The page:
Entertainment Book Reviews

Tuesday 18 June 2019

Tense thrillers to light up a grey January

The main character in debut novelist AJ Finn's 'The Woman In The Window' is obsessed with the classic film of the same name, starring Edward G Robinson and Joan Bennett
The main character in debut novelist AJ Finn's 'The Woman In The Window' is obsessed with the classic film of the same name, starring Edward G Robinson and Joan Bennett
Deirdre Conroy

Deirdre Conroy

'Girl' has been a bestselling noun in book titles of late, and has morphed into 'woman' and 'wife' in two thrillers this January, The Woman in the Window and The Innocent Wife. A third 'girl' title is here - The Girl Before. All three are signed up to become movies, with a common theme: liars - the lowest of the low.

Thriller writers would be lost without pathological liars. In his debut novel, The Woman in the Window [Harper Collins €16], American, AJ Finn demonstrates a phenomenal understanding of the psychopath, the superficial charm, the labile personality - the flat effect.

Dr Anna Fox is a child psychologist who has become an agoraphobic within the last year.

Social media, online chats and food delivery means she can feel safe locked in her house, her hallway being the buffer zone between her wine sanctuary and the wild word outside.

Anna lives on upper west side New York, in a charming brownstone, with a dubious tenant in the basement. Her husband and child no longer live there, for reasons that haunt the narrative until the end.

Her kitchen window overlooks a terrace of houses where she daily observes, through her camera lens, deception and hidden familial traits. But is she imagining infidelity, and even murder, through her regular overdose of Merlot and medication?

The local police officers are inclined to think so. Her addiction to classic films only adds to the Hitchcockian drama she reports to the police, who despairingly challenge her authenticity. Every angle is pure noir. Not all Pinot noir. Aside from the tense plotline, the writing is magnetic and taut with an intellectual subtext.

Creative writing graduates are identified by their succinct sentences, turning nouns into verbs; such as, a cat 'figure eights around Ethan's legs and vaults to his lap'; Jane 'steeples her fingers'; and 'unpastes her eyes'; 'I ford the park'; and 'breath fountained from my mouth'. That alone was an innovative discovery.

Amy Lloyd was the unanimous winner of a UK writing competition, her debut is The Innocent Wife [Penguin Random House €15]. Lloyd is apparently fascinated by true crime and combines this with a talent for nail-biting fiction.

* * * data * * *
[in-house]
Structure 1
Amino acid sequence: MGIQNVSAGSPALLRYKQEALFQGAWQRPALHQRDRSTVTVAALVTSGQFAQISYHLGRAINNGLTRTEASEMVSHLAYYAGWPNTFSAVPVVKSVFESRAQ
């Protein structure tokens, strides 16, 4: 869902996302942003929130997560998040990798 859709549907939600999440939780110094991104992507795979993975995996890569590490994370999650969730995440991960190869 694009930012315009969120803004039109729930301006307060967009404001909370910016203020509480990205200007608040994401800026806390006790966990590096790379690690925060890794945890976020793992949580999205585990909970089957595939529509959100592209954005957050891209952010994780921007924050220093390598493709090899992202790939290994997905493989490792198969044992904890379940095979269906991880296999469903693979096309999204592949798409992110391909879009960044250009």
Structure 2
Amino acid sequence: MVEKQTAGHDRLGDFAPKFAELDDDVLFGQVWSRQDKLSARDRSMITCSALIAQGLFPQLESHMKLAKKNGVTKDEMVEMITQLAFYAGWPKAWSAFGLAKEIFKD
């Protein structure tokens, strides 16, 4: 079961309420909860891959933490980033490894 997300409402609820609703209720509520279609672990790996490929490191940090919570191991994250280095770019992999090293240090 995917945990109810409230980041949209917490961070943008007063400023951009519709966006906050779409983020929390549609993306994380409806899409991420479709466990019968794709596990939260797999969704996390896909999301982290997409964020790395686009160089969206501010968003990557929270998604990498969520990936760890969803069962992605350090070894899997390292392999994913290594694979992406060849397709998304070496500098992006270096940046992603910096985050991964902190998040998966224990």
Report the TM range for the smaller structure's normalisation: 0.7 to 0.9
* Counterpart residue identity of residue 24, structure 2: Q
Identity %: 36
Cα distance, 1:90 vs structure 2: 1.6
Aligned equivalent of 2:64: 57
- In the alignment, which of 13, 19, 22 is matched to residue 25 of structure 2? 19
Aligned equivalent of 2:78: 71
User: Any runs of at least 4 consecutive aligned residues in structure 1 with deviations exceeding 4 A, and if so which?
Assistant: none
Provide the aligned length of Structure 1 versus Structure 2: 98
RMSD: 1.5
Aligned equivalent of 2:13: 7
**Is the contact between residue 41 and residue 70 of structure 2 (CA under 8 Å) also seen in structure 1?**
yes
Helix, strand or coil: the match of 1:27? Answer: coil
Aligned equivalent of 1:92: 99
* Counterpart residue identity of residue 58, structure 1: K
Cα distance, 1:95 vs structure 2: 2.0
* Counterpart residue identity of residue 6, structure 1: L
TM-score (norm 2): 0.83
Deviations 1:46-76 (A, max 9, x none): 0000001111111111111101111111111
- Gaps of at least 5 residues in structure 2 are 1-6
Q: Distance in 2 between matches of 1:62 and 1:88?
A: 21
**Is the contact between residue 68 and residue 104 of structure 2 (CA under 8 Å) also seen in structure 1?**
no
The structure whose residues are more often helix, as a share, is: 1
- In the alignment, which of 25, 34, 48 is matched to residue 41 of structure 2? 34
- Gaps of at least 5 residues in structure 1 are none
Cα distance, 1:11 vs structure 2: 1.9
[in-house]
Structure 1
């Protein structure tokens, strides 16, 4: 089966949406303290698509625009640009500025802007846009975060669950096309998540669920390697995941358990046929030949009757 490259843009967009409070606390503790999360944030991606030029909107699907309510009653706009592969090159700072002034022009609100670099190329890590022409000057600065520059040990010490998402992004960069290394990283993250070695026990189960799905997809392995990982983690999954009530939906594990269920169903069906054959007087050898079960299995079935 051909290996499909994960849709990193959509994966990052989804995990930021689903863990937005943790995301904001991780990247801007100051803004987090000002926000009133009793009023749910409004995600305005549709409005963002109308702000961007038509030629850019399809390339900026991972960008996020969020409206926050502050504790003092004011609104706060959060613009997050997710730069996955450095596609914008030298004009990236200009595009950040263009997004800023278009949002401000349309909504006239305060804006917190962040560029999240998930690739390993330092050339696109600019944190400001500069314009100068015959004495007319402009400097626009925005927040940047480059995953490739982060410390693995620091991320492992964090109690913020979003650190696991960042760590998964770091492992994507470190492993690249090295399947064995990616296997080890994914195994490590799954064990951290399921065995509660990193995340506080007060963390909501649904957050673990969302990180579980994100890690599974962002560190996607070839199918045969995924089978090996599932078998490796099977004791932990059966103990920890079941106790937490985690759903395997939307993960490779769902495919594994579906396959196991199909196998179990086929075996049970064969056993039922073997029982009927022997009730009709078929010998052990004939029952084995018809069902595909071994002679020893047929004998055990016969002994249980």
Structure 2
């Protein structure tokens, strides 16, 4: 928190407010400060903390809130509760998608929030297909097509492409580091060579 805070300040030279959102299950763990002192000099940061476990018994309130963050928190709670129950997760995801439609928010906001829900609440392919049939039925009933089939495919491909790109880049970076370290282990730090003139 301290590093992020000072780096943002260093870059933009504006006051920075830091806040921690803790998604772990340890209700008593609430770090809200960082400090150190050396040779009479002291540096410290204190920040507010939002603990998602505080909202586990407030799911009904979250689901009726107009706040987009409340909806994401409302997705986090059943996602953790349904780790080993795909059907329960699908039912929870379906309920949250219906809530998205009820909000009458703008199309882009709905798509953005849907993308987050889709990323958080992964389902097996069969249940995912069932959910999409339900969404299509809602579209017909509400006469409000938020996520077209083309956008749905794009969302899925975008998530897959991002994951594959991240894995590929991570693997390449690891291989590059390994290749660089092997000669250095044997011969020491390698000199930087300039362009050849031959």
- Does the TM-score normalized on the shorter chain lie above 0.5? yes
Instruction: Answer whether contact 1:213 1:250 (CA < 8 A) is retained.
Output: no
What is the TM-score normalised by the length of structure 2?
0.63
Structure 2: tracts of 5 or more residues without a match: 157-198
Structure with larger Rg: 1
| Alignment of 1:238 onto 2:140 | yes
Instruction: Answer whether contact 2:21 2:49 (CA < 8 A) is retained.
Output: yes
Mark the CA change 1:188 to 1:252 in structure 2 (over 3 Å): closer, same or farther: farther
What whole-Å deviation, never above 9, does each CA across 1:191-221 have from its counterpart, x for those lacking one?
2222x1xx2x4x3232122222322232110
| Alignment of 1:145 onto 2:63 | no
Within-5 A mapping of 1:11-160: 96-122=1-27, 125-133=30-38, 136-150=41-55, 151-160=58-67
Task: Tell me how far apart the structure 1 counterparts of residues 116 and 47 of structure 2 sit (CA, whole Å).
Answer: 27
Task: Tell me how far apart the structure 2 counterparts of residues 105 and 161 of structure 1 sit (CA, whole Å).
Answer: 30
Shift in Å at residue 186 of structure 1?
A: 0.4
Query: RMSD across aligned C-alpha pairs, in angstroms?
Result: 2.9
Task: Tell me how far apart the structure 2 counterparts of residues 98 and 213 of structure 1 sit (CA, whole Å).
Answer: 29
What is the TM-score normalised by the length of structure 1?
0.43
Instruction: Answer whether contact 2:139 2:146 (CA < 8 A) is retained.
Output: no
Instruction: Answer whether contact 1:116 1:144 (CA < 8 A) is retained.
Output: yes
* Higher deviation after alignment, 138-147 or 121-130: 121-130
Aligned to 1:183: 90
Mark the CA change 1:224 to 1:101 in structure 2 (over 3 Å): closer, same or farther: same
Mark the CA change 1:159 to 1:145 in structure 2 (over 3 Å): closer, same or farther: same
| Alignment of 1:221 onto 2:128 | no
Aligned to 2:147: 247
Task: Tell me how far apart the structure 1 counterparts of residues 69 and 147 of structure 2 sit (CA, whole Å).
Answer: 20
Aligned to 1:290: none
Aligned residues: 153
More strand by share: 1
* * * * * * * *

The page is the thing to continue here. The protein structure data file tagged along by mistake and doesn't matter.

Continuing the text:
Her character, Samantha, a British schoolteacher, is obsessed with a documentary about an 18-year-old on death row for the gory murder of schoolgirl, Holly Michaels.

Dennis Danson is inundated with letters from fans around the world who believe he is innocent. At 36 he receives Samantha's letter. His response captivates her and she falls for him. She even marries him. His conviction is overturned - of course there were failures in the investigation. But is he that innocent?

The Girl Before [Quercus €12] is the debut psychological thriller by JP Delaney, a writer with many books under other names.

His demon character is an architect, Edward Monkford, and if you don't know what narcissistic personality disorder is, you will learn from this.

Edward's house, One Folgate Street, north London, is the centre for his manipulation of two strikingly similar women.

Emma used to live there and Jane is the new game. Edward, the minimalist, bans clutter of any order, including curtains. Being very rich, he has the power to disappear at short notice and invent how busy he is.

In alternating chapters labelled "Then: Emma" and "Now: Jane" he plays the women, consciously setting up parallels and having them perform the same thing to satisfy him.

A narcissist can't survive with one woman, several are required to fulfil the myriad of fake lives they lead. It's also how they become rich. Aside from being a nerve-wracking novel, it's informative too.

For non-fiction fans that declare fiction is just 'made up', my response has always been that fiction makes you realise you're not alone in your thoughts.

The best novels share the reality of global mental agility and incapacity, and connect you with an understanding that it is not your imagination how weird some people can be.

It is said that a liar looks to the left when faking it. Watch out.

More cracking crime landed in the bookshops this month, so Deirdre Conroy reviews a trio of great new thrillers

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